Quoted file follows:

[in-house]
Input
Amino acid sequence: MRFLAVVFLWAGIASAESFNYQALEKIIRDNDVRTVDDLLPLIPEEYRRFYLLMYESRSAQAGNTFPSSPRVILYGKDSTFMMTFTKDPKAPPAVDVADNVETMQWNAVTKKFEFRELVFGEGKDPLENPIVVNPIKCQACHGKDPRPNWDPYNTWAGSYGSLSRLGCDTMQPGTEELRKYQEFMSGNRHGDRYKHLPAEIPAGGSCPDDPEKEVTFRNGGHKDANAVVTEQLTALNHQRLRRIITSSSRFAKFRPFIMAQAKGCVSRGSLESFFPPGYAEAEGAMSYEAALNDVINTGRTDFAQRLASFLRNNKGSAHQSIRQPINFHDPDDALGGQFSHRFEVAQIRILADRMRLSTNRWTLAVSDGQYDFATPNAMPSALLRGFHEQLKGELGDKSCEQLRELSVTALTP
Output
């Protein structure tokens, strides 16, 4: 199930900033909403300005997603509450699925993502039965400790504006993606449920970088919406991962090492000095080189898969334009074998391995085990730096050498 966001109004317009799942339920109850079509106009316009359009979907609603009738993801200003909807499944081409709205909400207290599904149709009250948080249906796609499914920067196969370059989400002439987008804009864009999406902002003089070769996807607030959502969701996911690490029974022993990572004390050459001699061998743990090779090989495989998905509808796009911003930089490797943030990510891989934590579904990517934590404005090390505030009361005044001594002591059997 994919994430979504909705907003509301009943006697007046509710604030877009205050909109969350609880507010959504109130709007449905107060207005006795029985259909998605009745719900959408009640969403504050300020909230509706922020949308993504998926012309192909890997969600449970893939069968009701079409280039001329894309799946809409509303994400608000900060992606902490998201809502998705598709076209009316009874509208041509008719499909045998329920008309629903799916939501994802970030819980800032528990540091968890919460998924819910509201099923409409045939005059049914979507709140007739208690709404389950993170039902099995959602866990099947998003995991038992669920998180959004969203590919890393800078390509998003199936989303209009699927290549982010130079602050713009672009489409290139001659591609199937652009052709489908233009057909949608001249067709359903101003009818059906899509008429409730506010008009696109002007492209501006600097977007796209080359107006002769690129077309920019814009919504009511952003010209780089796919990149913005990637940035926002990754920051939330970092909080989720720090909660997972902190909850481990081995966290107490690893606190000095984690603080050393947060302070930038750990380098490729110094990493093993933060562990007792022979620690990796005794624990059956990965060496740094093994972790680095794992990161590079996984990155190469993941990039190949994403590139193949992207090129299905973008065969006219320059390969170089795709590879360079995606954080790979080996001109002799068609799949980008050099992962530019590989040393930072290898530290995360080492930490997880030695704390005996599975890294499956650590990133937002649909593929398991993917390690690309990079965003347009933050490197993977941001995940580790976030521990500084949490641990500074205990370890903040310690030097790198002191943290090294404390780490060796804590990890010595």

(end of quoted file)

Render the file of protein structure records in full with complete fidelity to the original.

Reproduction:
[in-house]
Input
Amino acid sequence: MRFLAVVFLWAGIASAESFNYQALEKIIRDNDVRTVDDLLPLIPEEYRRFYLLMYESRSAQAGNTFPSSPRVILYGKDSTFMMTFTKDPKAPPAVDVADNVETMQWNAVTKKFEFRELVFGEGKDPLENPIVVNPIKCQACHGKDPRPNWDPYNTWAGSYGSLSRLGCDTMQPGTEELRKYQEFMSGNRHGDRYKHLPAEIPAGGSCPDDPEKEVTFRNGGHKDANAVVTEQLTALNHQRLRRIITSSSRFAKFRPFIMAQAKGCVSRGSLESFFPPGYAEAEGAMSYEAALNDVINTGRTDFAQRLASFLRNNKGSAHQSIRQPINFHDPDDALGGQFSHRFEVAQIRILADRMRLSTNRWTLAVSDGQYDFATPNAMPSALLRGFHEQLKGELGDKSCEQLRELSVTALTP
Output
């Protein structure tokens, strides 16, 4: 199930900033909403300005997603509450699925993502039965400790504006993606449920970088919406991962090492000095080189898969334009074998391995085990730096050498 966001109004317009799942339920109850079509106009316009359009979907609603009738993801200003909807499944081409709205909400207290599904149709009250948080249906796609499914920067196969370059989400002439987008804009864009999406902002003089070769996807607030959502969701996911690490029974022993990572004390050459001699061998743990090779090989495989998905509808796009911003930089490797943030990510891989934590579904990517934590404005090390505030009361005044001594002591059997 994919994430979504909705907003509301009943006697007046509710604030877009205050909109969350609880507010959504109130709007449905107060207005006795029985259909998605009745719900959408009640969403504050300020909230509706922020949308993504998926012309192909890997969600449970893939069968009701079409280039001329894309799946809409509303994400608000900060992606902490998201809502998705598709076209009316009874509208041509008719499909045998329920008309629903799916939501994802970030819980800032528990540091968890919460998924819910509201099923409409045939005059049914979507709140007739208690709404389950993170039902099995959602866990099947998003995991038992669920998180959004969203590919890393800078390509998003199936989303209009699927290549982010130079602050713009672009489409290139001659591609199937652009052709489908233009057909949608001249067709359903101003009818059906899509008429409730506010008009696109002007492209501006600097977007796209080359107006002769690129077309920019814009919504009511952003010209780089796919990149913005990637940035926002990754920051939330970092909080989720720090909660997972902190909850481990081995966290107490690893606190000095984690603080050393947060302070930038750990380098490729110094990493093993933060562990007792022979620690990796005794624990059956990965060496740094093994972790680095794992990161590079996984990155190469993941990039190949994403590139193949992207090129299905973008065969006219320059390969170089795709590879360079995606954080790979080996001109002799068609799949980008050099992962530019590989040393930072290898530290995360080492930490997880030695704390005996599975890294499956650590990133937002649909593929398991993917390690690309990079965003347009933050490197993977941001995940580790976030521990500084949490641990500074205990370890903040310690030097790198002191943290090294404390780490060796804590990890010595």